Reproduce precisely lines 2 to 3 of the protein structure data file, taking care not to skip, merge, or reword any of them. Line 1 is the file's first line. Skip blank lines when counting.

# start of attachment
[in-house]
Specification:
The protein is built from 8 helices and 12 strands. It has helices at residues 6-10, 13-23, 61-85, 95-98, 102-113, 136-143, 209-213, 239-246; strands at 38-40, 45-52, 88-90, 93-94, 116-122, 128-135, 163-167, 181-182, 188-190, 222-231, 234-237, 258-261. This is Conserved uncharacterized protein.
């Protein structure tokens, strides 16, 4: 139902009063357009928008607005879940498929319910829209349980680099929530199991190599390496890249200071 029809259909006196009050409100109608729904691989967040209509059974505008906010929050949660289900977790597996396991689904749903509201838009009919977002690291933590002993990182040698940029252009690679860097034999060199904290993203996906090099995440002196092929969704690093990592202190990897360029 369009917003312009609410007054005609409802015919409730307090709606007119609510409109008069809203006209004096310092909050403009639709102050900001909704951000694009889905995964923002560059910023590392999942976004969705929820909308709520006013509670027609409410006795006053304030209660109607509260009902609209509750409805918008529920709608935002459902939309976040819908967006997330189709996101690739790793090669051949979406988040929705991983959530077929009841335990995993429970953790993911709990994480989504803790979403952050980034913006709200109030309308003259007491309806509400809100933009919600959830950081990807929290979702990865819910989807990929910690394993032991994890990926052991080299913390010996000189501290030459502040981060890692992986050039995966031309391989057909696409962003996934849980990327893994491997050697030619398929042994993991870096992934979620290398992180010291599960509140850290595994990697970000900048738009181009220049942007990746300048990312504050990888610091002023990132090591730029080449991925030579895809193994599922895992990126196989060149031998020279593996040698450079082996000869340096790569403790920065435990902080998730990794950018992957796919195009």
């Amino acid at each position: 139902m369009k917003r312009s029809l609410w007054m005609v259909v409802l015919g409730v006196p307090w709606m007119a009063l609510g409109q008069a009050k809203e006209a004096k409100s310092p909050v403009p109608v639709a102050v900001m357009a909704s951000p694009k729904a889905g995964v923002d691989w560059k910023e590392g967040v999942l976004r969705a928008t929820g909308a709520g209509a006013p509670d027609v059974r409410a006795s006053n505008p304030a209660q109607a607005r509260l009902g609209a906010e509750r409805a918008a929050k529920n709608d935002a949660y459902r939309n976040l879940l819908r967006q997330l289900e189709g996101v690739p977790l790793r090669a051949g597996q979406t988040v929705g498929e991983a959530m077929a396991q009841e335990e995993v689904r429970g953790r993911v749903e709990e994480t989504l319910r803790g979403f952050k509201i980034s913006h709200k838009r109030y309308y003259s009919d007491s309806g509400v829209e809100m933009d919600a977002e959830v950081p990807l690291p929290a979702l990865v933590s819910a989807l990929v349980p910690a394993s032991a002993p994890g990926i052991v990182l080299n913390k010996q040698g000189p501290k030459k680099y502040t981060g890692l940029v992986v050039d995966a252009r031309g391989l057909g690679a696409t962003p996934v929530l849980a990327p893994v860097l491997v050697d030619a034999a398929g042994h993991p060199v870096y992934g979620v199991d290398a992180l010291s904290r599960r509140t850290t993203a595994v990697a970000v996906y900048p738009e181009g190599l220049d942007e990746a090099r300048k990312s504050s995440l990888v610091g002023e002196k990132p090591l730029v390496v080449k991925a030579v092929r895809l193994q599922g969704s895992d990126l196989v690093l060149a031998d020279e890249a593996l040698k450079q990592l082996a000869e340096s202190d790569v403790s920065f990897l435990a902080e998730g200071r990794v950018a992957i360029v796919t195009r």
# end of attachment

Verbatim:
Specification:
The protein is built from 8 helices and 12 strands. It has helices at residues 6-10, 13-23, 61-85, 95-98, 102-113, 136-143, 209-213, 239-246; strands at 38-40, 45-52, 88-90, 93-94, 116-122, 128-135, 163-167, 181-182, 188-190, 222-231, 234-237, 258-261. This is Conserved uncharacterized protein.